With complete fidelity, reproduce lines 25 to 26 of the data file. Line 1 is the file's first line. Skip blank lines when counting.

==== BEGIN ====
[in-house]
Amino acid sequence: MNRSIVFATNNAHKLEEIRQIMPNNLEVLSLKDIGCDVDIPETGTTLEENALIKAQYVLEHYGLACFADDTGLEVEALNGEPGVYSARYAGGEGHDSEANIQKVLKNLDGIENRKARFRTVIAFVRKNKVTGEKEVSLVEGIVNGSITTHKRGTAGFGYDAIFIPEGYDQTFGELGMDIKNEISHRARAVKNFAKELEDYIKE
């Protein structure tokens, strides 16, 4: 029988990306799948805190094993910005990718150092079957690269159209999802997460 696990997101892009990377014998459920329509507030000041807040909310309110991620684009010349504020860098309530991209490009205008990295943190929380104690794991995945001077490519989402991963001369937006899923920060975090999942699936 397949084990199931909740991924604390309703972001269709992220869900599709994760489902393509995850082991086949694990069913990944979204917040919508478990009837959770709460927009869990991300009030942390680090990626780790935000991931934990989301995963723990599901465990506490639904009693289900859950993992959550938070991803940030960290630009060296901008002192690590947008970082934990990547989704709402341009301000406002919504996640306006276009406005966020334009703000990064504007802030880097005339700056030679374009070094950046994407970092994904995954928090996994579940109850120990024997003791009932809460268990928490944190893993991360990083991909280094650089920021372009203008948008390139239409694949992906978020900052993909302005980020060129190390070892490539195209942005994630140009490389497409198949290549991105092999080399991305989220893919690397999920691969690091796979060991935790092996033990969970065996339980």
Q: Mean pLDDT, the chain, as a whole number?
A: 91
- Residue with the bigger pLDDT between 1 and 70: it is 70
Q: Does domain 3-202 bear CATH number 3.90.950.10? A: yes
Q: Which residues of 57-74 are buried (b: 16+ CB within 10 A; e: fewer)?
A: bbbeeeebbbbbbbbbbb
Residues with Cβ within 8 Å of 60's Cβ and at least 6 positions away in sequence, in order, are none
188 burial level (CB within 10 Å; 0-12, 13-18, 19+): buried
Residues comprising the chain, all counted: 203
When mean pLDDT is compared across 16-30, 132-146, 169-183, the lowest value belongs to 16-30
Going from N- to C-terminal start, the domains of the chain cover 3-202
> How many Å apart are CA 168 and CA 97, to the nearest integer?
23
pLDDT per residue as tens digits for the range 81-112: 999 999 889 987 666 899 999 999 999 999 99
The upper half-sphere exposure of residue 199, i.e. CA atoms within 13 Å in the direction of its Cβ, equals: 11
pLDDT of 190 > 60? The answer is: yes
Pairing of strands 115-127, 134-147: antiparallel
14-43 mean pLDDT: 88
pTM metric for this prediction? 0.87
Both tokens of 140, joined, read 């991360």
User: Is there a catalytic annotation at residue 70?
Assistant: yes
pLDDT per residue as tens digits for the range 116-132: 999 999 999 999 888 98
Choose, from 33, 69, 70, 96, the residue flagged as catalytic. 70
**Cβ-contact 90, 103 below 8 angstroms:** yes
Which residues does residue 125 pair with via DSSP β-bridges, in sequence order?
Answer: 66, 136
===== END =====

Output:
Assistant: yes
pLDDT per residue as tens digits for the range 116-132: 999 999 999 999 888 98